After Being Stabbed, He's Back in Surf


HUNTINGTON BEACH — The purple scar begins just below surfer Matt Branson's left elbow and weaves down his forearm.

Another larger scar traces down his abdomen and a smaller one cuts across his chest. There also are a few nicks on his right thumb and neck.

The scars are fresh, as are Branson's memories of a stabbing that happened less than two months ago in Sydney, Australia.

Sydney police are still looking for the man who stabbed Branson five times during a scuffle in a nightclub bathroom.

Branson, of Perth, spent two weeks in the hospital recovering from injuries. He began surfing again in early July.

He returned to competition Wednesday at the Op Pro surfing championships. He advanced through the third round before losing to San Clemente's Mike Parsons, 70.5 to 42, in the main event first round.

"I'm just stoked to be alive," said Branson, who finished 27th on the Assn. of Surfing Professionals tour last season. "Nothing else matters."

Seven weeks ago, Branson's future in surfing looked bleak after the knifing.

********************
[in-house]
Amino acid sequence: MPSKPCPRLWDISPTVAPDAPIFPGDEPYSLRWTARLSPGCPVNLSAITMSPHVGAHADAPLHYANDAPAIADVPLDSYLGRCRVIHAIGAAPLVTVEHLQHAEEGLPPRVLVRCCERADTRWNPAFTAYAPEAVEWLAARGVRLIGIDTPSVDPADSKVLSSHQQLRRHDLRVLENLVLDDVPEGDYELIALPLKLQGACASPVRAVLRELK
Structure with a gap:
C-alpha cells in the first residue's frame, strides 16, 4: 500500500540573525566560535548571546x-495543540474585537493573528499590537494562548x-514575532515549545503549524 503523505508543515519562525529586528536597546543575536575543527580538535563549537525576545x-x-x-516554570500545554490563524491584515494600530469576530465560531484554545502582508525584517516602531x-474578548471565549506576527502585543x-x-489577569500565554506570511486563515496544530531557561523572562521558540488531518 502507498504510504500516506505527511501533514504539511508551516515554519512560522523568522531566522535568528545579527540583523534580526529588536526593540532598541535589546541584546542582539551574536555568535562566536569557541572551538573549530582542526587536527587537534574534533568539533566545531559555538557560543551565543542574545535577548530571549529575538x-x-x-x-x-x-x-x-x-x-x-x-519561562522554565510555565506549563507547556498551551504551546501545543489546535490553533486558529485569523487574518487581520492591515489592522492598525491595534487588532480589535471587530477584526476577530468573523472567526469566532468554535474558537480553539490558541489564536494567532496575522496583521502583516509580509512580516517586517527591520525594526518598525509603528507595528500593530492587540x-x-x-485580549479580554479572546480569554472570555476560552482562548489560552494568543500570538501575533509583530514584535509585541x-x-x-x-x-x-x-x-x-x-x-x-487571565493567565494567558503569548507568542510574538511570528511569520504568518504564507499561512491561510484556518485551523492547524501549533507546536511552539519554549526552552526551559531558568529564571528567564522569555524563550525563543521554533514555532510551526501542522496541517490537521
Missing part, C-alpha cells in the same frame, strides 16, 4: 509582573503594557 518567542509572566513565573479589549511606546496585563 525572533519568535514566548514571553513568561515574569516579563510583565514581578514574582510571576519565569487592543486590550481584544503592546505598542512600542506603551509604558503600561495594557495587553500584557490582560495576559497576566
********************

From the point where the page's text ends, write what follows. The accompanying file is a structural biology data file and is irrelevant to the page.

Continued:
After the Coke Classic in Sydney, Branson, 22, and some friends went drinking in King's Cross, a strand of bars in Sydney.

Branson said the trouble started when a group of men at the bar were talking to his friend's girlfriend and "my friend told them to kiss off."

Later in the night, the men followed Branson into the bathroom. One pulled a knife.

"I think it was a case of mistaken identity," Branson said. "I look a lot like my friend, and they followed me in there."

Branson remembers little about the attack, except that he crawled out of the bathroom looking for help.

"My friends freaked out and took me out of the bar," he said. "Then I passed out."

His friends took him to a nearby hospital. The cuts were too severe for stitches. Instead, doctors used staples.

"I had 100 external staples and 200 internal," Branson said. "I had these silver things all over me."

Fortunately for Branson, there were no major internal injuries. The knife just missed his intestines, and he said the small cuts on his neck were intended for his jugular vein.

"When I woke up in the hospital," Branson said, "the first thing I asked my friend was if my tattoos are OK."

The cuts narrowly missed the large tattoos on Branson's forearms and shoulders.

"That was a relief," he said.

Branson said police have a few suspects. But because he's traveling with the world tour, he hasn't been back to Sydney to identify any of them.

"I'm just glad I didn't get hurt internally," Branson said. "I think it's a miracle that I made it out OK."

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